Do patients and carers agree on symptom burden in advanced COPD?
Received 31 July 2017
Accepted for publication 16 January 2018
Published 22 March 2018 Volume 2018:13 Pages 969—977
Checked for plagiarism Yes
Review by Single-blind
Peer reviewers approved by Professor Hsiao-Chi Chuang
Peer reviewer comments 2
Editor who approved publication: Dr Richard Russell
Emma Mi,1 Ella Mi,1 Gail Ewing,2 Patrick White,3 Ravi Mahadeva,4 A Carole Gardener,5 Morag Farquhar6
On behalf of the Living with Breathlessness Study Team
1School of Clinical Medicine, 2Centre for Family Research, University of Cambridge, Cambridge, 3Primary Care and Public Health Sciences, King’s College London, London, 4Department of Respiratory Medicine, Cambridge NIHR BRC, Addenbrookes Hospital, 5Department of Public Health and Primary Care, University of Cambridge, Cambridge, 6School of Health Sciences, University of East Anglia, Norwich, UK
Objective: Accurate informal carer assessment of patient symptoms is likely to be valuable for decision making in managing the high symptom burden of COPD in the home setting. Few studies have investigated agreement between patients and carers in COPD. We aimed to assess agreement between patients and carers on symptoms, and factors associated with disagreement in a population-based sample of patients with advanced COPD.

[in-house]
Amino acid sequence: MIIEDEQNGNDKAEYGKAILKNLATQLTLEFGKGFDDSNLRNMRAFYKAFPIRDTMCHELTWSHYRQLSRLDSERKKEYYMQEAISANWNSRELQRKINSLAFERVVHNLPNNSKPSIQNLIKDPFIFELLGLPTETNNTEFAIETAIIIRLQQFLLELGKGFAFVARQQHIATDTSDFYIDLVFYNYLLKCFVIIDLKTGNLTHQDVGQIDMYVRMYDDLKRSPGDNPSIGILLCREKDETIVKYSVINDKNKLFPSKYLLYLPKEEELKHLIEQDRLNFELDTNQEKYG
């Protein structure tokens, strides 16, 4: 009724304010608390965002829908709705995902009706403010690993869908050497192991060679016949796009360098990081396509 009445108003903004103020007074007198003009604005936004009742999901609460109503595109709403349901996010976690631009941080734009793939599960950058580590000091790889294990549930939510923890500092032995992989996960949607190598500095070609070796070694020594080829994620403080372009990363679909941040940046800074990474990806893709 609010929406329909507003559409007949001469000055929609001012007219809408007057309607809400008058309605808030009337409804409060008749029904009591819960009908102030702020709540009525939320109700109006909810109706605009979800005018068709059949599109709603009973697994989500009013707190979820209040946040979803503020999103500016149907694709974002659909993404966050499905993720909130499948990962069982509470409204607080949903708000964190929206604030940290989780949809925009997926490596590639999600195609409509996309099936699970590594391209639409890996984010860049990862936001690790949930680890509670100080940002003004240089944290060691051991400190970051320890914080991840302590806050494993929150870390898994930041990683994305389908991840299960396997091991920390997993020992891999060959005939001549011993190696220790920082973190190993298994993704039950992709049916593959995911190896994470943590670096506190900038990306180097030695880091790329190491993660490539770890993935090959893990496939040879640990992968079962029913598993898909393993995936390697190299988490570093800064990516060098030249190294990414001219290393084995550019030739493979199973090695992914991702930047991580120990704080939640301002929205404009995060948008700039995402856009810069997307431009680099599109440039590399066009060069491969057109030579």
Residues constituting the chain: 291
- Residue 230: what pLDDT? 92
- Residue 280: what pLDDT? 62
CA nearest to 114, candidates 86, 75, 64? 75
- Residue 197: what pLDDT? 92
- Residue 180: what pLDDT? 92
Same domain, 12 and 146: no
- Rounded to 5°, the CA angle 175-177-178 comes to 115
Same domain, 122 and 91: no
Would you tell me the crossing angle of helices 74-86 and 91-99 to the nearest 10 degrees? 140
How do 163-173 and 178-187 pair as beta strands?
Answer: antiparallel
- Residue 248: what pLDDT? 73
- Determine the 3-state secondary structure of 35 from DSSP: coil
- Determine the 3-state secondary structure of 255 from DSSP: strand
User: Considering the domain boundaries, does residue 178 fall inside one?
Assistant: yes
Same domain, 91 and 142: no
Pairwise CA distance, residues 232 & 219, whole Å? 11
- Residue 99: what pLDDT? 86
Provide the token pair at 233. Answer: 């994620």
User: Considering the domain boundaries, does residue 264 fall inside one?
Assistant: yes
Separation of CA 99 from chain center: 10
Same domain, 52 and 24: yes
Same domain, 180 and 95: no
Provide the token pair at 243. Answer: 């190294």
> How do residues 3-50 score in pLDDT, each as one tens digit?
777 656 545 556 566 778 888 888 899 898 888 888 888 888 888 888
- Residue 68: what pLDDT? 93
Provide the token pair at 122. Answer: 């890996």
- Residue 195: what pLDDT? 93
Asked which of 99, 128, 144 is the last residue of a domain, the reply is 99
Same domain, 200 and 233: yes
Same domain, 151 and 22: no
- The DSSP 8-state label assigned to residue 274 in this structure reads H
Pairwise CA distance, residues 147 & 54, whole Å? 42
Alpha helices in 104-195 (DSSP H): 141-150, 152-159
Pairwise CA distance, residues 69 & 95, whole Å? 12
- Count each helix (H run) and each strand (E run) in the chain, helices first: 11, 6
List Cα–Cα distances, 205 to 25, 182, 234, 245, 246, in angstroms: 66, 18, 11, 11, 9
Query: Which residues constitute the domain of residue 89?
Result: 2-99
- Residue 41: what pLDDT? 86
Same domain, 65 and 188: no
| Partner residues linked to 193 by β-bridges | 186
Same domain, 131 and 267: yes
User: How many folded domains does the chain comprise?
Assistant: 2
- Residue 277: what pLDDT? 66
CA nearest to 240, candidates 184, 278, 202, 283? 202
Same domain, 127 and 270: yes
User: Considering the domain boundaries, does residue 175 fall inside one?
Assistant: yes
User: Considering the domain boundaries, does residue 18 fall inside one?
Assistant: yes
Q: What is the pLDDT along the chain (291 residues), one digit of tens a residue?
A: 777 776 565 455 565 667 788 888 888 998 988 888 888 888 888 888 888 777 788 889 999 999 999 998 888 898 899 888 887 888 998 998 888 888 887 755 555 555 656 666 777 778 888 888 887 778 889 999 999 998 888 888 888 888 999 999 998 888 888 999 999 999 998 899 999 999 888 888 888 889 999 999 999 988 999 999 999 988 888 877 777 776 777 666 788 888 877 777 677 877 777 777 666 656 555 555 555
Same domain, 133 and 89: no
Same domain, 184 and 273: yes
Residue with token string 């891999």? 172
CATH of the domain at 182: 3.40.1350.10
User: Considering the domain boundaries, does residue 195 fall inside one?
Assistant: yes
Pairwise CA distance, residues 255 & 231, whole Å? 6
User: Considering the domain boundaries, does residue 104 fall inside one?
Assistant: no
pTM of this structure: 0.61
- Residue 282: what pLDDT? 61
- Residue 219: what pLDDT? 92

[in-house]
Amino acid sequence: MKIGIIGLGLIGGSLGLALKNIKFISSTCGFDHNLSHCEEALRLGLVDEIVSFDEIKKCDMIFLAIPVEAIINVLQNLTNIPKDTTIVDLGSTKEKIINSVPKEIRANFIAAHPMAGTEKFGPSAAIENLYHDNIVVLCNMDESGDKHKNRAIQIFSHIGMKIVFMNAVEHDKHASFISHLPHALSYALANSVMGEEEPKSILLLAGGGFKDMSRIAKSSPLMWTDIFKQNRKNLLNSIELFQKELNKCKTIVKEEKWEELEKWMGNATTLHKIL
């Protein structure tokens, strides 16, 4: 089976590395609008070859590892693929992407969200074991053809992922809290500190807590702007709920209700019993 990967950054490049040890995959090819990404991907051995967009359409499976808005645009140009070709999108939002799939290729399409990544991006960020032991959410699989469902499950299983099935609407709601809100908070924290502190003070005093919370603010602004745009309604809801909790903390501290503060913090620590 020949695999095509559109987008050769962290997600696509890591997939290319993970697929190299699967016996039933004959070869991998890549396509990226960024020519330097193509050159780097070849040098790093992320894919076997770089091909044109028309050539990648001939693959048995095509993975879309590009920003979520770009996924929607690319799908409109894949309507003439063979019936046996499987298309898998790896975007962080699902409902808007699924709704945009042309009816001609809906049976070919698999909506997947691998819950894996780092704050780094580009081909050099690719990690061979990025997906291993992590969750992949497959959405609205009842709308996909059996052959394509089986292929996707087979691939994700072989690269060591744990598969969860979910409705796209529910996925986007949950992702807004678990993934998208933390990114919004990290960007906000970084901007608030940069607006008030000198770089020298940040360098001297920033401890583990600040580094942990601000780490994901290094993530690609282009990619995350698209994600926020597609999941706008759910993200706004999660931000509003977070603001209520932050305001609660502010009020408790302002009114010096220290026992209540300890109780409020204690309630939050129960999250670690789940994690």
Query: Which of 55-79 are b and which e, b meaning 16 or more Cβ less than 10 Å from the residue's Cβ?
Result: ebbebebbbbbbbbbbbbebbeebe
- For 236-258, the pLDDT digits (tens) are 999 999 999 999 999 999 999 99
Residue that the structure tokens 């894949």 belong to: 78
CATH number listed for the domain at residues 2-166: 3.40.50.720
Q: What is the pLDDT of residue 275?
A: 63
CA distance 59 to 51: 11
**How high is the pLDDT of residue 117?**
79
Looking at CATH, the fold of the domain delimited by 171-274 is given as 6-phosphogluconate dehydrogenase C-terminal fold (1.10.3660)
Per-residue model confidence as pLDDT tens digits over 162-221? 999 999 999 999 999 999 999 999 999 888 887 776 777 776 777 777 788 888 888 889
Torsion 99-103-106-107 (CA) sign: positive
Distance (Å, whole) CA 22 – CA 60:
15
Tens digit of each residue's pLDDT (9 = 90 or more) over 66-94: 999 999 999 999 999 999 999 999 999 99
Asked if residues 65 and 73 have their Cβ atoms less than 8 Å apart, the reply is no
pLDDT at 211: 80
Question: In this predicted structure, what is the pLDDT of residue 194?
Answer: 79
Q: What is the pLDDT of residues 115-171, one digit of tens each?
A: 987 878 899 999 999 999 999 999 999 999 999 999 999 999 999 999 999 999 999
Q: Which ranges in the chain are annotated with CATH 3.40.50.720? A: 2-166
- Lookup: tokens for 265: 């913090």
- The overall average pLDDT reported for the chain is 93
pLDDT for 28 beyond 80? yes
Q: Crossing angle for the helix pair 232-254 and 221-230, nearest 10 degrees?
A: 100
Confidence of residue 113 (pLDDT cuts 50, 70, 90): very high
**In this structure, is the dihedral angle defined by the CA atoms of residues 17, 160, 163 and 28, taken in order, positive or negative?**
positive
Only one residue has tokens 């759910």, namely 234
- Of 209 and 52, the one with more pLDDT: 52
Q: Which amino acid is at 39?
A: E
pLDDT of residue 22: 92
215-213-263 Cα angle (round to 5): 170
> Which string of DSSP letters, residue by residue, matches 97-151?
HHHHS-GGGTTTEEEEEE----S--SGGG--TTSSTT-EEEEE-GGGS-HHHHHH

Patients and methods: This was a prospective, cross-sectional analysis of data from 119 advanced COPD patients and their carers. Patients and carers separately rated symptoms on a 4-point scale. Wilcoxon signed-rank tests and weighted Cohen’s kappa determined differences in patient and carer scores and patient–carer agreement, respectively. We identified characteristics associated with incongruence using Spearman’s rank correlation and Mann–Whitney U tests.
Results: There were no significant differences between group-level patient and carer scores for any symptom. Patient–carer individual-level agreement was moderate for constipation (k=0.423), just below moderate for diarrhea (k=0.393) and fair for depression (k=0.341), fatigue (k=0.294), anxiety (k=0.289) and breathlessness (k=0.210). Estimation of greater patient symptom burden by carers relative to patients themselves was associated with non-spousal patient–carer relationship, non-cohabitating patients and carers, carer symptoms of anxiety and depression and more carer unmet support needs. Greater symptom burden estimation by the patient relative to the carer was associated with younger patients and longer duration of COPD.
Conclusion: Overall, agreement between patients and carers was fair to moderate and was poorer for more subjective symptoms. There is a need to encourage open dialogue between patients and carers to promote shared understanding, help patients express themselves and encourage carers to draw attention to symptoms that patients do not report. The findings suggest a need to screen for and address both the psychological morbidities in patients with advanced COPD and their carers and unmet support needs in carers.
Keywords: COPD, informal carers, symptom, agreement
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